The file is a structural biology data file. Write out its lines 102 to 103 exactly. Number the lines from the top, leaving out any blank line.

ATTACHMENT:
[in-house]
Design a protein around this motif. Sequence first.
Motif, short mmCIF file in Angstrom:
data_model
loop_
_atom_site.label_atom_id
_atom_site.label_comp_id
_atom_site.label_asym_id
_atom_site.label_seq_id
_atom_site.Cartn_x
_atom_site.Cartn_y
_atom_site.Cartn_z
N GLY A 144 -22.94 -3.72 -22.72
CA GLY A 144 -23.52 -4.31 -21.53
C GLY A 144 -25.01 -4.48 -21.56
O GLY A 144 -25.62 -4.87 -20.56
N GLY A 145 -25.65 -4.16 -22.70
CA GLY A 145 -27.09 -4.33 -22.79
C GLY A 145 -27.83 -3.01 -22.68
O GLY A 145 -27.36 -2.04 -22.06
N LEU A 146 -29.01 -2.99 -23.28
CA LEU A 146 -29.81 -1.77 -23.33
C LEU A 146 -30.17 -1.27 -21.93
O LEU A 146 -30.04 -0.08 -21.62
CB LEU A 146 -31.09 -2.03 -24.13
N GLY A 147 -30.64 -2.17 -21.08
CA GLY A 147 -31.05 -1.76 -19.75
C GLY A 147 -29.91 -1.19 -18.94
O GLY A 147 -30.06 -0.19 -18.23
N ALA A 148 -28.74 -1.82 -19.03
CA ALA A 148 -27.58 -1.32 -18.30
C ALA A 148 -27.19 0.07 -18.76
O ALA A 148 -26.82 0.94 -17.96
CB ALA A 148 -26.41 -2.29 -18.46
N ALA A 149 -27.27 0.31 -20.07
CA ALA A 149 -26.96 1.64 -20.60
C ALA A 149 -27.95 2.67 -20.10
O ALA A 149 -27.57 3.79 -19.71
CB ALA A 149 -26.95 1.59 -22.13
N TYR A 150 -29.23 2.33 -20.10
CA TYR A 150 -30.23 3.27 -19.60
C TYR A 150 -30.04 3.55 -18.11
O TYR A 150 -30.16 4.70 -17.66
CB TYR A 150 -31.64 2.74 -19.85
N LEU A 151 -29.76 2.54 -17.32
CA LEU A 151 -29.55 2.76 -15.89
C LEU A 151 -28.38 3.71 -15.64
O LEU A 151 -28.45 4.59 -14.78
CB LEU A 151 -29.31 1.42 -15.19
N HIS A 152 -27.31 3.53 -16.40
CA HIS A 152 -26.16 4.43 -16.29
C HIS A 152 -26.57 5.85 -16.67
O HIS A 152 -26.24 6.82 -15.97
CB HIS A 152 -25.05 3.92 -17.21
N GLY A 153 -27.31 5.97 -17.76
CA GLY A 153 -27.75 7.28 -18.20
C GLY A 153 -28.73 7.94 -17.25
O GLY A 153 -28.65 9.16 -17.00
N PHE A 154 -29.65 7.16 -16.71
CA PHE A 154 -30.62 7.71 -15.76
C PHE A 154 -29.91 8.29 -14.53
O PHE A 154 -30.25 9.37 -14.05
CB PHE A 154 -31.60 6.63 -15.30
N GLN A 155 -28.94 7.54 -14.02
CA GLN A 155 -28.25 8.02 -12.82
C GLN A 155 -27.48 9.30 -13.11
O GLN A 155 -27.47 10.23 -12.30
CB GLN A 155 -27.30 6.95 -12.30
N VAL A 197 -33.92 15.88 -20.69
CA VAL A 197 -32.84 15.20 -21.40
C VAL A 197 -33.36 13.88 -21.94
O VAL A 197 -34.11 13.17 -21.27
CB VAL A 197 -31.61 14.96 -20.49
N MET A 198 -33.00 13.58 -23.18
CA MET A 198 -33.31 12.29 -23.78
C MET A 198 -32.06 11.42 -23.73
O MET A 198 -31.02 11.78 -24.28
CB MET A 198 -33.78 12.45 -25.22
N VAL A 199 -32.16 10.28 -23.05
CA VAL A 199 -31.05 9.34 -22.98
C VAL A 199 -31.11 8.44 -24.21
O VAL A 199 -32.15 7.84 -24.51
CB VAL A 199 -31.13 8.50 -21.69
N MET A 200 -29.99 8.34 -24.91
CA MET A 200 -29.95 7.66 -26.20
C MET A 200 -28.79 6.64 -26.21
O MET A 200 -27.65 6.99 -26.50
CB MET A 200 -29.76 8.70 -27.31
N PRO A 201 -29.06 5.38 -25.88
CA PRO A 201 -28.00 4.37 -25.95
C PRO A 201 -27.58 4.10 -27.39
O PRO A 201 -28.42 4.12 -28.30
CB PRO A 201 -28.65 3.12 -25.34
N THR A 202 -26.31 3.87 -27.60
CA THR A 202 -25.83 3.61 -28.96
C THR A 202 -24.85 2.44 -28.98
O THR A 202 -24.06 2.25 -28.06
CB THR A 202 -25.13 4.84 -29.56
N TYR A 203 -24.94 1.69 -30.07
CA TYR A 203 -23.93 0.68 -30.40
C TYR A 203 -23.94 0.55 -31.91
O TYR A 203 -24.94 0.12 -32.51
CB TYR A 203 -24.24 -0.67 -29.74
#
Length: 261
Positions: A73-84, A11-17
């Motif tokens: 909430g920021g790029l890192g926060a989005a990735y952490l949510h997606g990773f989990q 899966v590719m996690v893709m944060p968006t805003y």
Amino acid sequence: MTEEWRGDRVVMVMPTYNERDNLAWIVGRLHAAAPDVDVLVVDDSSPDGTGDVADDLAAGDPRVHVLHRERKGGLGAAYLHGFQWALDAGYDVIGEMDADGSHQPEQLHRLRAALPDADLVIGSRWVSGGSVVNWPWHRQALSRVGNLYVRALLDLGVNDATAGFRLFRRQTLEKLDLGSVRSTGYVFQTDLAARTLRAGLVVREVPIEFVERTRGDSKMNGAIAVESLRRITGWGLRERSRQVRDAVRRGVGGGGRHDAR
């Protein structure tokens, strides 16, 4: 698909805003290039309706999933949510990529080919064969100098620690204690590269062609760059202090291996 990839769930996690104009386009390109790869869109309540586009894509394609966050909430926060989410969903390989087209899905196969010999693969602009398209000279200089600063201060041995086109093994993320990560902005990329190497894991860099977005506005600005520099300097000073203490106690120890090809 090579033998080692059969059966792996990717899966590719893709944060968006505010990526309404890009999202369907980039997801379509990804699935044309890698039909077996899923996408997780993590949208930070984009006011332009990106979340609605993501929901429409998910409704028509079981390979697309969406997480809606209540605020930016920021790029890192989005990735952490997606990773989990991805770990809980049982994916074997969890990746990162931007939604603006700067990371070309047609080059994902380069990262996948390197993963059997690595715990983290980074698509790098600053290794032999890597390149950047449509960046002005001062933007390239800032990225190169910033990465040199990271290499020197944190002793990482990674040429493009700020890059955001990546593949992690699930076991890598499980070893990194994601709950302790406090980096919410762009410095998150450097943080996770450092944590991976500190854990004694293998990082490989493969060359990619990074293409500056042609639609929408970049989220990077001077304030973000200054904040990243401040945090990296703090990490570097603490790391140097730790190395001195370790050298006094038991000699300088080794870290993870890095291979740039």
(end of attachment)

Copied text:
O TYR A 203 -24.94 0.12 -32.51
CB TYR A 203 -24.24 -0.67 -29.74